To protect an ESXi host against unauthorized intrusion and misuse, VMware imposes constraints on several parameters, settings, and activities. You can loosen the constraints to meet your configuration needs. If you do, make sure that you are working in a trusted environment and that you have taken enough other security measures to protect the network as a whole and the devices connected to the host.

Built-in Security Features

Risks to the hosts are mitigated out of the box as follows:

  • ESXi Shell and SSH are disabled by default.

  • Only a limited number of firewall ports are open by default. You can explicitly open additional firewall ports that are associated with specific services.

  • ESXi runs only services that are essential to managing its functions. The distribution is limited to the features required to run ESXi.

  • By default, all ports not specifically required for management access to the host are closed. You must specifically open ports if you need additional services.

  • By default, weak ciphers are disabled and communications from clients are secured by SSL. The exact algorithms used for securing the channel depend on the SSL handshake. Default certificates created on ESXi use PKCS#1 SHA-256 With RSA encryption as the signature algorithm.

  • The Tomcat Web service, used internally by ESXi to support access by Web clients, has been modified to run only those functions required for administration and monitoring by a Web client. As a result, ESXi is not vulnerable to the Tomcat security issues reported in broader use.

  • VMware monitors all security alerts that could affect ESXi security and issues a security patch if needed.

  • Insecure services such as FTP and Telnet are not installed, and the ports for these services are closed by default. Because more secure services such as SSH and SFTP are easily available, avoid using these insecure services in favor of their safer alternatives. For example, use Telnet with SSL to access virtual serial ports if SSH is unavailable and you must use Telnet.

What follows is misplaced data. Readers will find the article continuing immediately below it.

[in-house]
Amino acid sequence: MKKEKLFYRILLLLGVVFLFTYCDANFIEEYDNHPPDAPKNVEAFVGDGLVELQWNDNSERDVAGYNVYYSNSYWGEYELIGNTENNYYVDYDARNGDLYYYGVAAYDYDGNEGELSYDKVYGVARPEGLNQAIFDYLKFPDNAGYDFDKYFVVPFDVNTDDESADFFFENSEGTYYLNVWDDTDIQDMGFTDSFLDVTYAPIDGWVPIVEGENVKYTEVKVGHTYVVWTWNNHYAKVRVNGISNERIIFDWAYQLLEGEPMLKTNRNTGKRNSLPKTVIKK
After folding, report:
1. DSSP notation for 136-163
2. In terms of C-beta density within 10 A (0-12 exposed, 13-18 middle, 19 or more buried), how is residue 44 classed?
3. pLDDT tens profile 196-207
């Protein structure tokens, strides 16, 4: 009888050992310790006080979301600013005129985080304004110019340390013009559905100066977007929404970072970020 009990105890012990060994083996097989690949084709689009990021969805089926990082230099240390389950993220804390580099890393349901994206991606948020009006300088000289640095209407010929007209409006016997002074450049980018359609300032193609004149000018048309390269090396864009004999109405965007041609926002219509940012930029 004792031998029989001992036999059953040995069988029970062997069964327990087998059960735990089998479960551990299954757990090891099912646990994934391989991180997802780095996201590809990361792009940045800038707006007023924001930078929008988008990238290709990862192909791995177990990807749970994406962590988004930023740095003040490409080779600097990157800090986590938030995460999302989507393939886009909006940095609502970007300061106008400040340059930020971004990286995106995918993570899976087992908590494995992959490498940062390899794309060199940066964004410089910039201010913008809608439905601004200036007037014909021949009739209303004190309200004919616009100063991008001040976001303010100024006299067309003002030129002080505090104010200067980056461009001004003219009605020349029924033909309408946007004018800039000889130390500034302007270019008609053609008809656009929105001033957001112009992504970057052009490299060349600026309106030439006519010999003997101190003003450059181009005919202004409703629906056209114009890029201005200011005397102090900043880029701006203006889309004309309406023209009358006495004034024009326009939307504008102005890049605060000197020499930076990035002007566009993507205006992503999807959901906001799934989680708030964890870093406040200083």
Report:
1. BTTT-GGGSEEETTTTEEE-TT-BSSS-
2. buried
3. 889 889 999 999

If you must use insecure services and have implemented sufficient protection for the host, you can explicitly open ports to support them.

Additional Security Measures

Consider the following recommendations when evaluating host security and administration.

Limit access

If you decide to enable access to the Direct Console User Interface (DCUI) the ESXi Shell, or SSH, enforce strict access security policies.

The ESXi Shell has privileged access to certain parts of the host. Provide only trusted users with ESXi Shell login access.

Do not access managed hosts directly

Use the vSphere Web Client to administer ESXi hosts that are managed by a vCenter Server. Do not access managed hosts directly with the vSphere Client, and do not make changes to managed hosts from the host's DCUI.

If you manage hosts with a scripting interface or API, do not target the host directly. Instead, target the vCenter Server system that manages the host and specify the host name.

Use the vSphere Client or VMware CLIs or APIs to administer standalone ESXi hosts

Use the vSphere Client, one of the VMware CLIs or APIs to administer your ESXi hosts. Access the host from the DCUI or the ESXi Shell as the root user only for troubleshooting. If you decide to use the ESXi Shell, limit the accounts with access and set timeouts.

Use only VMware sources to upgrade ESXi components.

The host runs a variety of third-party packages to support management interfaces or tasks that you must perform. VMware does not support upgrading these packages from anything other than a VMware source. If you use a download or patch from another source, you might compromise management interface security or functions. Regularly check third-party vendor sites and the VMware knowledge base for security alerts.

Note:

Follow the VMware security advisories at http://www.vmware.com/security/.